UT Dallas has capitalized on its origins and location, transforming into a large and selective public university. The future requires that the University continues to strive for excellence in all academic areas with a commitment to its guiding principles.
To be one of the nation’s best public research universities and one of the great universities of the world.
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The University of Texas at Dallas aspires to be:
Chronicling the accomplishments of The University of Texas at Dallas remains imperative to the University’s vision and a source of pride for stakeholders. The fact that Times Higher Education recently ranked UT Dallas among the top universities in the United States less than 50 years old might be adequate to satisfy the curiosities of some. But the story of UT Dallas extends beyond this one measure. Consider some of the University’s other notable achievements:
UT Dallas has been recognized as one of the best values in U.S. higher education by several respected publications, including Kiplinger’s Personal Finance, The Princeton Review, Forbes, Money Magazine and U.S. News & World Report.
In 2017, UT Dallas met the requirements to receive funding allocations from the State of Texas National Research University Fund (NRUF).
Since 2000, enrollment has increased from 11,000 to more than 27,000 students.
In 2015, Aziz Sancar PhD’77 became the first alumnus to win the Nobel Prize.
The University’s first comprehensive campaign, which concluded in 2014, raised $273 million.
Three graduate programs — audiology, online business and online MBA — are ranked in the top 10 in the nation, according to U.S. News and World Report.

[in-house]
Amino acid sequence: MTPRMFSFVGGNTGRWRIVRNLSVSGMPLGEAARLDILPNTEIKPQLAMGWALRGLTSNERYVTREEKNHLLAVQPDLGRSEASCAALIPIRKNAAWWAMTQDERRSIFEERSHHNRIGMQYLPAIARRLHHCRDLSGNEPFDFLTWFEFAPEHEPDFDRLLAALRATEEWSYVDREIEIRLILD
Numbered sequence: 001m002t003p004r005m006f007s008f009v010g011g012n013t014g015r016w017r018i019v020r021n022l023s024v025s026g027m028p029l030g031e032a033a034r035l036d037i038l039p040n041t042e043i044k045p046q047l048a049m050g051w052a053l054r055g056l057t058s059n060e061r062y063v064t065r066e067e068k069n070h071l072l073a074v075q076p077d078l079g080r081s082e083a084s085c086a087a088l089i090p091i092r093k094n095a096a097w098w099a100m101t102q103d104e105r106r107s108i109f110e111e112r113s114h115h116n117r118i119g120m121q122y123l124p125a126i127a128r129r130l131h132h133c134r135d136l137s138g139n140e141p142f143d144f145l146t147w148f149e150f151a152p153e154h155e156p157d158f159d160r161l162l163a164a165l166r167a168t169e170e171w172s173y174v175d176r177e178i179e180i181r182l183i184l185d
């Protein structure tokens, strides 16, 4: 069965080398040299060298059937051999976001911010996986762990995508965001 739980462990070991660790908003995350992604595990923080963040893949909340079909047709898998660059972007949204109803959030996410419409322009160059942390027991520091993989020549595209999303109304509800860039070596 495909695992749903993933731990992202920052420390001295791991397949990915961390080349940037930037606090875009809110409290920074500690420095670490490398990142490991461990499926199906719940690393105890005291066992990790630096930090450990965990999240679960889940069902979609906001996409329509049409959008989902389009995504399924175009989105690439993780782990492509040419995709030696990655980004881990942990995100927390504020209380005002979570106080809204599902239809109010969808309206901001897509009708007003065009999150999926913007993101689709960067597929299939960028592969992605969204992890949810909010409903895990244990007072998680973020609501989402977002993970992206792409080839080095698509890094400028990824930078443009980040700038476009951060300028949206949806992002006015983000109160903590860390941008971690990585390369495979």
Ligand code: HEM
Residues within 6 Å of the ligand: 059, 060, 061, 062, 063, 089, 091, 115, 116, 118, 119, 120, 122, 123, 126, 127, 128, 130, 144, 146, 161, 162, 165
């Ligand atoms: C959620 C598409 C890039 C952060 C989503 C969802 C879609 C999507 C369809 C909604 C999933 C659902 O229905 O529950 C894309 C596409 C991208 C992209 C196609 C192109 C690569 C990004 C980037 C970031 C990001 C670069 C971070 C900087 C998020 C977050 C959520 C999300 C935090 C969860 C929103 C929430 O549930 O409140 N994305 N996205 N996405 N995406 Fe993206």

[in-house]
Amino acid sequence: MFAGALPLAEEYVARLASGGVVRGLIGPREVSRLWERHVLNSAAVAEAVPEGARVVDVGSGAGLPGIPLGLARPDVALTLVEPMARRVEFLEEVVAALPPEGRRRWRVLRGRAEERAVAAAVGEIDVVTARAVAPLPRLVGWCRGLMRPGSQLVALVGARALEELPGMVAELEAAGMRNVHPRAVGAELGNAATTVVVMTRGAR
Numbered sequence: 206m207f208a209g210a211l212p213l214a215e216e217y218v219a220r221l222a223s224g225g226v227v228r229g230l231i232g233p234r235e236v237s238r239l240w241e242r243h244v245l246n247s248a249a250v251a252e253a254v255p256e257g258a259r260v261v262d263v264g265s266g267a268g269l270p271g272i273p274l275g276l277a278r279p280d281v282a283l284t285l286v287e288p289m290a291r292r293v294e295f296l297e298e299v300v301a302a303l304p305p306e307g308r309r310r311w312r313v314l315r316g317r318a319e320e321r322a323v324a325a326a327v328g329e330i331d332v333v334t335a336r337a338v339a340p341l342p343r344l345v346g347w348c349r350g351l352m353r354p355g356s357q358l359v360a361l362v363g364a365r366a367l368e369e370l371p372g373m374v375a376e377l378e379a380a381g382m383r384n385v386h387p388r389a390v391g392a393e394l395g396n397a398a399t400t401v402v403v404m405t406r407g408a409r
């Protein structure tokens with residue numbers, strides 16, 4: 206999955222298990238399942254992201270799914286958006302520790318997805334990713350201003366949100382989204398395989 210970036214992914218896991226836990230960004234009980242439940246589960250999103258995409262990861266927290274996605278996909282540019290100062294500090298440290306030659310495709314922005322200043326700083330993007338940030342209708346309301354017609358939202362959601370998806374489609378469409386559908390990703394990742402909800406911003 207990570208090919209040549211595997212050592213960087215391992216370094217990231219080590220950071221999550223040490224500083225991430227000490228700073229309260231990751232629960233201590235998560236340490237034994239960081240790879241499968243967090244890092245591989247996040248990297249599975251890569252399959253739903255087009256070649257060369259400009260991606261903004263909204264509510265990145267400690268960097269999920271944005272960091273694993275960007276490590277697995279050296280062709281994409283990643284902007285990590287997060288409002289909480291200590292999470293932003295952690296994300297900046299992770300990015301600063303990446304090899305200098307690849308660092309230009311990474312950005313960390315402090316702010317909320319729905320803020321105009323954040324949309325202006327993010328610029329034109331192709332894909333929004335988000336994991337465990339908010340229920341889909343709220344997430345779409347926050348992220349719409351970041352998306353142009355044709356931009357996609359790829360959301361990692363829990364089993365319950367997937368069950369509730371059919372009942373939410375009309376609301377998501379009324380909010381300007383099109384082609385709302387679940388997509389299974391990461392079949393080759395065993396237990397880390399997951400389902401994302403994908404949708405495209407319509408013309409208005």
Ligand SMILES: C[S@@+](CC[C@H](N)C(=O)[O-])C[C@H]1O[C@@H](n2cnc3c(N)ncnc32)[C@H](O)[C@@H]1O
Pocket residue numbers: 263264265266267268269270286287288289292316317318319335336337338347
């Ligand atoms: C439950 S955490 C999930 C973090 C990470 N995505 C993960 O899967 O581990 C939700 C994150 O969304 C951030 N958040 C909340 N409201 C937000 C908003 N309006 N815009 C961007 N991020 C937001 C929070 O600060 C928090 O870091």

Since 2007, 11.5 million square feet and $1.5 billion in new and renovated space have been added to campus.
For UT Dallas to build on its successes, it must continually be compared to the finest research universities in the United States. With the encouragement and support from The University of Texas System and the Board of Regents, the University identified seven benchmark institutions:
UT Dallas will use these institutions to compare its progress in research advancement, student retention rates, student-to-faculty ratios, diversity, degrees produced, state support received, and tuition and fees generated.
All seven are members of the Association of American Universities (AAU), three are land-grant universities and three award medical doctorates. UT Dallas does not share these attributes, but aims to have a research portfolio that would be comparable to all 62 universities that make up the AAU.
The University will understand and emulate the attributes of these benchmark institutions and all members of the AAU. By studying and learning from excellent universities, UT Dallas will continue to improve its quality and worldwide impact.